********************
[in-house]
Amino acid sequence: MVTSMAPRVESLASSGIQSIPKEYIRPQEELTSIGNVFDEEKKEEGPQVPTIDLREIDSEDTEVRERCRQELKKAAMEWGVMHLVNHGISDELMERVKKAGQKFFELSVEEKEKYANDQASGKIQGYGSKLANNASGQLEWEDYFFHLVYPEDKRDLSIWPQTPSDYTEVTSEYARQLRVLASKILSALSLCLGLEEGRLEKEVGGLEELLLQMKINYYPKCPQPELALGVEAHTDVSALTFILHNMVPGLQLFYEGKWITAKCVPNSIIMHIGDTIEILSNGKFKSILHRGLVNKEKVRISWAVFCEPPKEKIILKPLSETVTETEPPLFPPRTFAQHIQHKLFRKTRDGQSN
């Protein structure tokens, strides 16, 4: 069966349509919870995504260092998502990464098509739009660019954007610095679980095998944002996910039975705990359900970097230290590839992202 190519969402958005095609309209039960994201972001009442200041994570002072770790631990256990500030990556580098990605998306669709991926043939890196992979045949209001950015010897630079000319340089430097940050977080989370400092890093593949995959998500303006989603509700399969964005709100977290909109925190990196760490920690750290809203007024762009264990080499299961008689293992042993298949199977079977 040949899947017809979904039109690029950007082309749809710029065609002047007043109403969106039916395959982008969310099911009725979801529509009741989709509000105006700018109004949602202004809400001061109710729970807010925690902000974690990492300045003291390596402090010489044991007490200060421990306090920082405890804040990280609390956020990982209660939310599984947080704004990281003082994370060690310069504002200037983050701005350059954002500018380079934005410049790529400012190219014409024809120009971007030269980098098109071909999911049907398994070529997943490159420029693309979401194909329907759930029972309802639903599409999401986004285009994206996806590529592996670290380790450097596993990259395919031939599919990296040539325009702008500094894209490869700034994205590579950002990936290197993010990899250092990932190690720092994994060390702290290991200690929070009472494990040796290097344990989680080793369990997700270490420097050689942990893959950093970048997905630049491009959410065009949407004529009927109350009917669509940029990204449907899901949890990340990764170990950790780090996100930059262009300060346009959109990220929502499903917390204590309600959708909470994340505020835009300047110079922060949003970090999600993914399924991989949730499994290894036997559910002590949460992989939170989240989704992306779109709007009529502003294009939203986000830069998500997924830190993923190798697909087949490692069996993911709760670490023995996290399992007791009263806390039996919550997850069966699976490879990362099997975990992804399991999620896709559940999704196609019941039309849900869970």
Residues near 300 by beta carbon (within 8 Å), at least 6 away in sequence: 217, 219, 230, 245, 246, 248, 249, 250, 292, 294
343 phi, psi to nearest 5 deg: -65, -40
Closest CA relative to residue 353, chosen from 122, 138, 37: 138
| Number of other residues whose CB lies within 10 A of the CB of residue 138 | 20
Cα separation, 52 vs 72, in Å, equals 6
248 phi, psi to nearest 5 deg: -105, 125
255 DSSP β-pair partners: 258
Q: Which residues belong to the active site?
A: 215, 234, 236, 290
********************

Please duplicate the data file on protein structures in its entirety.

[in-house]
Amino acid sequence: MVTSMAPRVESLASSGIQSIPKEYIRPQEELTSIGNVFDEEKKEEGPQVPTIDLREIDSEDTEVRERCRQELKKAAMEWGVMHLVNHGISDELMERVKKAGQKFFELSVEEKEKYANDQASGKIQGYGSKLANNASGQLEWEDYFFHLVYPEDKRDLSIWPQTPSDYTEVTSEYARQLRVLASKILSALSLCLGLEEGRLEKEVGGLEELLLQMKINYYPKCPQPELALGVEAHTDVSALTFILHNMVPGLQLFYEGKWITAKCVPNSIIMHIGDTIEILSNGKFKSILHRGLVNKEKVRISWAVFCEPPKEKIILKPLSETVTETEPPLFPPRTFAQHIQHKLFRKTRDGQSN
């Protein structure tokens, strides 16, 4: 069966349509919870995504260092998502990464098509739009660019954007610095679980095998944002996910039975705990359900970097230290590839992202 190519969402958005095609309209039960994201972001009442200041994570002072770790631990256990500030990556580098990605998306669709991926043939890196992979045949209001950015010897630079000319340089430097940050977080989370400092890093593949995959998500303006989603509700399969964005709100977290909109925190990196760490920690750290809203007024762009264990080499299961008689293992042993298949199977079977 040949899947017809979904039109690029950007082309749809710029065609002047007043109403969106039916395959982008969310099911009725979801529509009741989709509000105006700018109004949602202004809400001061109710729970807010925690902000974690990492300045003291390596402090010489044991007490200060421990306090920082405890804040990280609390956020990982209660939310599984947080704004990281003082994370060690310069504002200037983050701005350059954002500018380079934005410049790529400012190219014409024809120009971007030269980098098109071909999911049907398994070529997943490159420029693309979401194909329907759930029972309802639903599409999401986004285009994206996806590529592996670290380790450097596993990259395919031939599919990296040539325009702008500094894209490869700034994205590579950002990936290197993010990899250092990932190690720092994994060390702290290991200690929070009472494990040796290097344990989680080793369990997700270490420097050689942990893959950093970048997905630049491009959410065009949407004529009927109350009917669509940029990204449907899901949890990340990764170990950790780090996100930059262009300060346009959109990220929502499903917390204590309600959708909470994340505020835009300047110079922060949003970090999600993914399924991989949730499994290894036997559910002590949460992989939170989240989704992306779109709007009529502003294009939203986000830069998500997924830190993923190798697909087949490692069996993911709760670490023995996290399992007791009263806390039996919550997850069966699976490879990362099997975990992804399991999620896709559940999704196609019941039309849900869970």
Residues near 300 by beta carbon (within 8 Å), at least 6 away in sequence: 217, 219, 230, 245, 246, 248, 249, 250, 292, 294
343 phi, psi to nearest 5 deg: -65, -40
Closest CA relative to residue 353, chosen from 122, 138, 37: 138
| Number of other residues whose CB lies within 10 A of the CB of residue 138 | 20
Cα separation, 52 vs 72, in Å, equals 6
248 phi, psi to nearest 5 deg: -105, 125
255 DSSP β-pair partners: 258
Q: Which residues belong to the active site?
A: 215, 234, 236, 290